BfR warns about intoxication incidents involving liquid grill lighters
As soon as the thermometer climbs above 20 degrees, the smell of people grilling on German balconies and terraces invades the air. In line with this trend, the trade has extended its offering by adding charcoal, grill lighters and garden torches. But caution: the pleasures of grilling can quickly turn into a nightmare. This can happen when small children mistake liquid grill lighters for beverages and drink them. "Even the smallest amounts of these paraffin-containing oils can creep into the lungs after being swallowed and trigger severe chemical inflammation there", says Dr. Axel Hahn, Head of the BfR Registration Office for Intoxications. Over the last five years 38 accidents involving liquid grill lighters have been notified to BfR. Small children were affected in 35 cases. Liquid grill lighters should be kept out of the reach of children. BfR advises parents to switch to solid cube or bar-shaped grill lighters.
Lamp oils and liquid grill lighters contain paraffin-based oils and petroleum distillates. In the past there have been repeated accidents with these substances leading to severe damage to health and even to fatalities. For instance, last year, a two-year old boy drank a liquid grill lighter – the exact quantity is unknown. The dangerous oils “crept” into his lungs. The child suffered massive breathing disturbances and had to be put on a ventilator. He spent almost three weeks in hospital with a severe inflammation of the lungs and subsequent disorders of the respiratory tract. Fortunately, the child recovered fully.
A total of 16 out of 38 reported accidents with lighters on a paraffin basis over the last five years resulted in severe cases of inflammation of the lungs. 36 of those affected had, in some cases, to spend several weeks in hospital. Given the serious complications consumers must be aware of the health risks associated with these products and protect small children in particular from the dangers. “Already when preparations start for the barbecue season, care must be taken to ensure that grill lighters are kept out of the reach of children”, stresses BfR expert, Hahn. “As soon as the charcoal starts to glow, it should be in a location which is inaccessible to children.
BfR believes that solid cube or bar-shaped grill lighters are less dangerous because the liquid constituents are bound to sawdust or cork powder. There is almost no risk that the harmful oils in these products can creep into the lungs if ingested.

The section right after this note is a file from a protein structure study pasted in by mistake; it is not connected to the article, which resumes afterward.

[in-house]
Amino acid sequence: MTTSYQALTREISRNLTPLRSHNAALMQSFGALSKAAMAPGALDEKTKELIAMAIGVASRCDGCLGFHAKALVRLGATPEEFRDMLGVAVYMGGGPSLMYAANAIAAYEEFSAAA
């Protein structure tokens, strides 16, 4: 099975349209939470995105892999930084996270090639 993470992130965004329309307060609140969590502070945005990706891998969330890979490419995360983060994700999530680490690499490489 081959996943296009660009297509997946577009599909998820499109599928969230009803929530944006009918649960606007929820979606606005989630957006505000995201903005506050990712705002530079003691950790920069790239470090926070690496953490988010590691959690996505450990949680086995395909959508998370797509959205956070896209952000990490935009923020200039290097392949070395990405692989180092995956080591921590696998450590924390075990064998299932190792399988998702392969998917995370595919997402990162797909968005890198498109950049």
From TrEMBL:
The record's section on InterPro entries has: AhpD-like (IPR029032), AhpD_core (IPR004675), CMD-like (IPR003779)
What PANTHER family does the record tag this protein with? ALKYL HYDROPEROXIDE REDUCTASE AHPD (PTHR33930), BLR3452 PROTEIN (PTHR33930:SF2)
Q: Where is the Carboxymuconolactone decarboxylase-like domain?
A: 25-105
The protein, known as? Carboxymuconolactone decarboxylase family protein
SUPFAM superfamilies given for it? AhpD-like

What applies to liquid grill lighters, applies equally to garden torches and oil lamps. Although repeated warnings from BfR and a series of safety measures have reduced the risk of accidents in recent years, there are still repeated incidences of tragic accidents when torches or easily accessible oil lamps fall into the hands of small children. That’s why BfR appeals to people to open the garden and barbecue season by undertaking a chemical check in their homes. Oils on a paraffin or petroleum basis should be discarded or at least stored where they are out of the reach of children and clearly labelled as toxic chemicals. Specifically for oil lamps and garden torches less dangerous substitutes, for instance on a rapeseed oil basis, are commercially available.
If, despite all the precautionary measures, a child has swallowed even the smallest amount of a liquid grill lighter, garden torch or lamp oil, the following rules should be complied with:
- Do not induce vomiting!
Vomit and, by extension, oil can penetrate the lungs.
- Contact a poison control centre immediately!
Even in the case of the mildest symptoms like direct, persistent coughing, the child must see a doctor or be taken to hospital. If possible, take the product involved with you in its original packaging which will enable the attending doctor to give precise product information to the poison control centre. The more information available, the more targeted help can be given.
- Doctor’s notification duty in the case of intoxications!
In order to identify the dangers early on and to take precautionary measures, BfR requires information on each intoxication incident. Draw your doctor’s attention to his statutory notification obligation.